As the holidays approach, the demand for new toys will be high, both in stores and online. Buyers must be cautious when purchasing items to make sure they are following the manufacturer’s age recommendations and that they stay tuned to any reports of injuries or news of a potential toy recall.
The U.S. Consumer Product Safety Commission (CPSC) recently issued its annual Toy-Related Deaths and Injuries report for 2016, revealing that last year, there were a total of 240,000 emergency department trips spurred by dangerous or defective toys. That doesn’t represent a significant statistical trend
While not every toy-related injury is cause for a personal injury lawsuit, if plaintiff can show the product was unreasonably dangerous or defectively designed or defectively manufactured, there may be grounds for legal action. Serious injuries can occur when toys are made cheaply, with toxic materials or sold with inadequate warnings. Defendants in these cases can include anyone in the chain of distribution – from the product designer to its manufacturer to its distributor.
The CPSC report indicated that while not all fatality data is in, there were at least seven toy-related deaths in calendar year 2016 – all of those being under the age of 12. Riding toy injuries accounted for 43 percent of those deaths (all of those involving a motor vehicle). Other toys involved in fatal injuries included:
- Rubber balls;
- Balloons/ balloons with strings;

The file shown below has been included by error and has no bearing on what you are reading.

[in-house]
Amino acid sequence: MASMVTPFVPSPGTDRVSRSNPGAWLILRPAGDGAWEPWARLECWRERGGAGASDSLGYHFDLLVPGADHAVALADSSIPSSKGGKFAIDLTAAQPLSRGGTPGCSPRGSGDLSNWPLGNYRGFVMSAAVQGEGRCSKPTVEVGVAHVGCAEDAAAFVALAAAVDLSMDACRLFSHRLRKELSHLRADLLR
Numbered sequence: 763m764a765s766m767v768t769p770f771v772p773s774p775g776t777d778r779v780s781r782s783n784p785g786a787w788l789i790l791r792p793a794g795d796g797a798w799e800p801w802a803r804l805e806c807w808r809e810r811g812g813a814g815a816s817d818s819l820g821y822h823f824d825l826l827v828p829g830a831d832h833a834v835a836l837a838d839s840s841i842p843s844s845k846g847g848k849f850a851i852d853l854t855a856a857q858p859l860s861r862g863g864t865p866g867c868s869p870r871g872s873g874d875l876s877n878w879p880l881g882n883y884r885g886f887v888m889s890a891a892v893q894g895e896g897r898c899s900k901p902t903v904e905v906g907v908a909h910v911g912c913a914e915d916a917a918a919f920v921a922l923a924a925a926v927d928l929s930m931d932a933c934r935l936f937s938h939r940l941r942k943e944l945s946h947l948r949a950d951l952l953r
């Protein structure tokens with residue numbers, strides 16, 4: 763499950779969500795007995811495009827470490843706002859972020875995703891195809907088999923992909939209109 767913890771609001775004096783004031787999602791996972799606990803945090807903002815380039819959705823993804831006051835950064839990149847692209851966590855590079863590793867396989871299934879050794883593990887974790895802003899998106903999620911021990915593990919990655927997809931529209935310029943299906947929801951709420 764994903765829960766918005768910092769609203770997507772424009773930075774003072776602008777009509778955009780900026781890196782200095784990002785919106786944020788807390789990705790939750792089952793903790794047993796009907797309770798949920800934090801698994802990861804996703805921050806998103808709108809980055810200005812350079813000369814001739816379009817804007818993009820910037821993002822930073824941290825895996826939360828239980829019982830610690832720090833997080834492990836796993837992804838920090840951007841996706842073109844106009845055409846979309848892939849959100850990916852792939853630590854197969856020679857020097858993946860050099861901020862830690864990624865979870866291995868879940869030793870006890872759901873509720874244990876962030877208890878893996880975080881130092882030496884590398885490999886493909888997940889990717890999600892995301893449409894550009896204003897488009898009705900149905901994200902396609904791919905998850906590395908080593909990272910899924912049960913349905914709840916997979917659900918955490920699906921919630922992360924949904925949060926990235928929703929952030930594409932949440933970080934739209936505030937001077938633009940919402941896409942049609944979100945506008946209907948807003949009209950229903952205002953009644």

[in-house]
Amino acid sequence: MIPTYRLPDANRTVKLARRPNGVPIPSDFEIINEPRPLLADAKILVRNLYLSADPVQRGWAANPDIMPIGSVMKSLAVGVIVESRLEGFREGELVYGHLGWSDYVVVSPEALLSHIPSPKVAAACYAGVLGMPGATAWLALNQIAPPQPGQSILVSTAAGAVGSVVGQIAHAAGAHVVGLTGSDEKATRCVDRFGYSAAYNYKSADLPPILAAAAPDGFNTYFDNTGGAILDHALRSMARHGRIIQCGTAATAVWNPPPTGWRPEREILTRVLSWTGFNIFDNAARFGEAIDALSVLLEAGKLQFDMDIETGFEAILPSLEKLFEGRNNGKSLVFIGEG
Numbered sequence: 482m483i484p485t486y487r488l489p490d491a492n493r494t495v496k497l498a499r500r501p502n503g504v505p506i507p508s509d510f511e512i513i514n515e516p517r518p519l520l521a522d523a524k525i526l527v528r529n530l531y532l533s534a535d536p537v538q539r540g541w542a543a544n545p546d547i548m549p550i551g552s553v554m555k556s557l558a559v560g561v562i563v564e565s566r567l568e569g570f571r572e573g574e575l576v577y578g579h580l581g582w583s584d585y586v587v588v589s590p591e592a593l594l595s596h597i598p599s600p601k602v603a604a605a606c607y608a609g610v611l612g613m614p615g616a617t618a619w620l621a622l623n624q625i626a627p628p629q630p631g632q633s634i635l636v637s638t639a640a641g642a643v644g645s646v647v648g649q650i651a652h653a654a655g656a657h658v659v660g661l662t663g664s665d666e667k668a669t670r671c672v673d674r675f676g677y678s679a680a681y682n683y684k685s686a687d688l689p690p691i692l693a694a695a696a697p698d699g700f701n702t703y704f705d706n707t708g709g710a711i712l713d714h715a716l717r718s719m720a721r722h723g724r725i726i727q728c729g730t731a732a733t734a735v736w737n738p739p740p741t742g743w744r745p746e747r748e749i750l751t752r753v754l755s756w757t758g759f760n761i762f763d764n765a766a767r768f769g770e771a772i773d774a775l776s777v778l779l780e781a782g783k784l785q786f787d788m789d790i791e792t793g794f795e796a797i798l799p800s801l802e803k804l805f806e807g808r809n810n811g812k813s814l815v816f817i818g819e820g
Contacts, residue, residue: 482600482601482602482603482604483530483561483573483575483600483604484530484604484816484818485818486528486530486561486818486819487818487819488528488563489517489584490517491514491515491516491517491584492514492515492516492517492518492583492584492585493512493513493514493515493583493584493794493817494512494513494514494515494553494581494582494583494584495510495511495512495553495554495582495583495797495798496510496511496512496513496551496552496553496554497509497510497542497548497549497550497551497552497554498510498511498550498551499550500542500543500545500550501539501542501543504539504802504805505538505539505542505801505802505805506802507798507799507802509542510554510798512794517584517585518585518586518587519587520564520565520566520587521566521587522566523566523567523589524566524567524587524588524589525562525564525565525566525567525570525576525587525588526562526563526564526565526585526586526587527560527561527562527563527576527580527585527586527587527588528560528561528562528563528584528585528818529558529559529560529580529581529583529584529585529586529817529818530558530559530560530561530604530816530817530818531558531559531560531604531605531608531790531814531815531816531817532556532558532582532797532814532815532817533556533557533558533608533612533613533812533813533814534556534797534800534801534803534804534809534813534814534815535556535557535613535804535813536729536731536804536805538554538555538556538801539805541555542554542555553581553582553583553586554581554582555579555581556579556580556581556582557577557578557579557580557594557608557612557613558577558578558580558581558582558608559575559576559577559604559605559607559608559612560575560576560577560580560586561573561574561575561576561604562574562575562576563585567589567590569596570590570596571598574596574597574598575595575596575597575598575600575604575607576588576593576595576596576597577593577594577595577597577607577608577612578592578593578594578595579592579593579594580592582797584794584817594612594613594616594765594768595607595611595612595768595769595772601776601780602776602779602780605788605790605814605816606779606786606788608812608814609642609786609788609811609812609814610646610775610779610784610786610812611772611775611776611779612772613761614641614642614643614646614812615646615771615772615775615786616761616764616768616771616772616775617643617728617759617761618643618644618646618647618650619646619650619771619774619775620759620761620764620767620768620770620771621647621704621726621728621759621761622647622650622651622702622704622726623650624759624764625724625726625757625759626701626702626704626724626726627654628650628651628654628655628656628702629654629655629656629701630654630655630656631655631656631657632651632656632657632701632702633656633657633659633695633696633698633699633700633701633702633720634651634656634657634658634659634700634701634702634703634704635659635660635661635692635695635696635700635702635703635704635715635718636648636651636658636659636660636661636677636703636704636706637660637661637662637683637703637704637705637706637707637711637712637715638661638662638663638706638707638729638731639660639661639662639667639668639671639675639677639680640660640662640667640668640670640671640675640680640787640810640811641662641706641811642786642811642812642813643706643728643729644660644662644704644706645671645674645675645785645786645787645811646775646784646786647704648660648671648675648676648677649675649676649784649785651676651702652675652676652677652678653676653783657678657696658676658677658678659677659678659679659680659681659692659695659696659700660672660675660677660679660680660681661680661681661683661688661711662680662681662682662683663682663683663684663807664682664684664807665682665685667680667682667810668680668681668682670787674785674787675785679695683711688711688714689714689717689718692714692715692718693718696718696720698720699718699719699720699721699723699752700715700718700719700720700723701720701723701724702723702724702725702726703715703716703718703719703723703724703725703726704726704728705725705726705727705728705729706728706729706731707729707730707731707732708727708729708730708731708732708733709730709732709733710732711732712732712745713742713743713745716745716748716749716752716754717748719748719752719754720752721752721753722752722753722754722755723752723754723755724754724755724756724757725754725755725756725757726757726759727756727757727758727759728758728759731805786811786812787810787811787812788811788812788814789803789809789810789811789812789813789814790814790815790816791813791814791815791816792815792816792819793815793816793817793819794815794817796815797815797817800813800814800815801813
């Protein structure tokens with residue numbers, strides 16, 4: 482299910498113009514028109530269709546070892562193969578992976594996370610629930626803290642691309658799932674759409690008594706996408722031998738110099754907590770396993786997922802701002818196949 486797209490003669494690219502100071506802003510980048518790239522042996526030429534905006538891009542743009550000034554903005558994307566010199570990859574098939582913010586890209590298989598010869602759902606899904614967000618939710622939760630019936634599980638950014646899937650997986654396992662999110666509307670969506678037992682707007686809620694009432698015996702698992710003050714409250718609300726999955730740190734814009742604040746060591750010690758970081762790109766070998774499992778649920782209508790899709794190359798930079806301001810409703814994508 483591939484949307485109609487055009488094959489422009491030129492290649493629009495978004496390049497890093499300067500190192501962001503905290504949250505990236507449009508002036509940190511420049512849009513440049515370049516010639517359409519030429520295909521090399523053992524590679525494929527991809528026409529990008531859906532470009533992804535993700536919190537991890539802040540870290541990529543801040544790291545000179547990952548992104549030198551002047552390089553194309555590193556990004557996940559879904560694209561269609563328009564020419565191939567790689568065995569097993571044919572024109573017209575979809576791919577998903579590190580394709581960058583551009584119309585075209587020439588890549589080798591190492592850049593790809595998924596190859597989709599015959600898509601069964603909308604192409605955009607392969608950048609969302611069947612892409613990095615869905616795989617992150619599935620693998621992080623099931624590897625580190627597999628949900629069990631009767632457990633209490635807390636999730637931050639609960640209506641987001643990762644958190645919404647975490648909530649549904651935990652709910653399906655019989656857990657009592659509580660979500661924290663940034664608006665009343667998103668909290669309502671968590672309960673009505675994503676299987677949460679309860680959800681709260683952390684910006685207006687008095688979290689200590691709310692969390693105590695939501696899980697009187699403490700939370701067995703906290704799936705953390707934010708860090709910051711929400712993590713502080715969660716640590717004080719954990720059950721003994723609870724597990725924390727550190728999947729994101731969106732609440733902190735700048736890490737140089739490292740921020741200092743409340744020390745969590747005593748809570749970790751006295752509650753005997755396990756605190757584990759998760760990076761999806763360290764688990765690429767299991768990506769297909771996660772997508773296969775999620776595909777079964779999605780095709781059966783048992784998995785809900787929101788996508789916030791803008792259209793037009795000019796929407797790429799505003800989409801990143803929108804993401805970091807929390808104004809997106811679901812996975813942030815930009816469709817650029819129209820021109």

- Toys with small parts that obstruct the airway.
Of the hundreds of thousands of child injuries that were treated by hospital emergency departments, almost 40 percent had injuries that were described as lacerations, contusions or abrasions. Further, about 45 percent of them were to the head and face area – the most commonly-affected area of the body.
The one bit of good news is that there was a marked decrease in the previously upward trend of non-motorized scooter injuries, which had been a top concern in years past. Whereas non-motorized scooters accounted for 28 percent of all child injuries in calendar year 2012, they accounted for 23 percent in 2016. Still, they remain a significant source of child injury that cannot be overlooked.
The CPSC reports that it works closely with agents at the U.S. Customs and Border Protection to ensure prevention of the import of dangerous toys from entering the U.S. In fiscal year 2017 (which ended in October), more than 745,000 toys were seized at ports for allegedly violating toy safety standards. Of those, approximately 360,000 were toys with lead. The good news is those toys never made it to store shelves in the U.S. The bad news is, far too many unsafe products still slip through the cracks.
Our Fort Myers child injury lawyers are committed to holding manufacturers accountable. Injury claims in these cases are based on a legal theory known as product liability. It alleges the toy was defectively designed or built, and we help you argue that but for the negligent design and/ or manufacture of the toy, your child would not have been injured.
We also must show your child suffered compensable damages. If your child ended up in the emergency room, you likely have medical bills and other expenses, for which you may deserve compensation.
Call Associates and Bruce L. Scheiner, Attorneys for the Injured, at 1-800-646-1210.
More Blog Entries:
Court Allows Evidence of Impairment in Pedestrian Accident Case, Oct. 12, 2017, Fort Myers Toy Injury Lawyer Blog